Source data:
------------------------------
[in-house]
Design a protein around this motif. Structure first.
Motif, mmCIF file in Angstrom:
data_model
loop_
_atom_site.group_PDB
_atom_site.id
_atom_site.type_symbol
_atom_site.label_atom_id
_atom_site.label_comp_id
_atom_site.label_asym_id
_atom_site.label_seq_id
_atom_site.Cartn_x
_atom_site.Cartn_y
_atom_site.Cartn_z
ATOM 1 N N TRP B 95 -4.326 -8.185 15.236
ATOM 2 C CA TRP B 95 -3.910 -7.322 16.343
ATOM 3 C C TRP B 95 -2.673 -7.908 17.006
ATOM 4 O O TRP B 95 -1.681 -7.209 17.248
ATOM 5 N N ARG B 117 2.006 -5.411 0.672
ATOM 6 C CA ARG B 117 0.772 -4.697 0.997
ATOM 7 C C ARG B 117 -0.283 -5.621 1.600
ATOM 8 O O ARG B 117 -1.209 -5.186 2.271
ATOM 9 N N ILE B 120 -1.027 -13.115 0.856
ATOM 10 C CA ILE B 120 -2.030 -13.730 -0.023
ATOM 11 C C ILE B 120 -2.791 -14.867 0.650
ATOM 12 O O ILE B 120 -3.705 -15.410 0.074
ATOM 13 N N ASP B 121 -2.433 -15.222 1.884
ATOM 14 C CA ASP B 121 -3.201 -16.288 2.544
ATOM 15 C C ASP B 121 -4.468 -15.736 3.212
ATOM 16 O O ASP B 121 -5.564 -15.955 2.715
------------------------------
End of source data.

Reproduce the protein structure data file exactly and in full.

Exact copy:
[in-house]
Design a protein around this motif. Structure first.
Motif, mmCIF file in Angstrom:
data_model
loop_
_atom_site.group_PDB
_atom_site.id
_atom_site.type_symbol
_atom_site.label_atom_id
_atom_site.label_comp_id
_atom_site.label_asym_id
_atom_site.label_seq_id
_atom_site.Cartn_x
_atom_site.Cartn_y
_atom_site.Cartn_z
ATOM 1 N N TRP B 95 -4.326 -8.185 15.236
ATOM 2 C CA TRP B 95 -3.910 -7.322 16.343
ATOM 3 C C TRP B 95 -2.673 -7.908 17.006
ATOM 4 O O TRP B 95 -1.681 -7.209 17.248
ATOM 5 N N ARG B 117 2.006 -5.411 0.672
ATOM 6 C CA ARG B 117 0.772 -4.697 0.997
ATOM 7 C C ARG B 117 -0.283 -5.621 1.600
ATOM 8 O O ARG B 117 -1.209 -5.186 2.271
ATOM 9 N N ILE B 120 -1.027 -13.115 0.856
ATOM 10 C CA ILE B 120 -2.030 -13.730 -0.023
ATOM 11 C C ILE B 120 -2.791 -14.867 0.650
ATOM 12 O O ILE B 120 -3.705 -15.410 0.074
ATOM 13 N N ASP B 121 -2.433 -15.222 1.884
ATOM 14 C CA ASP B 121 -3.201 -16.288 2.544
ATOM 15 C C ASP B 121 -4.468 -15.736 3.212
ATOM 16 O O ASP B 121 -5.564 -15.955 2.715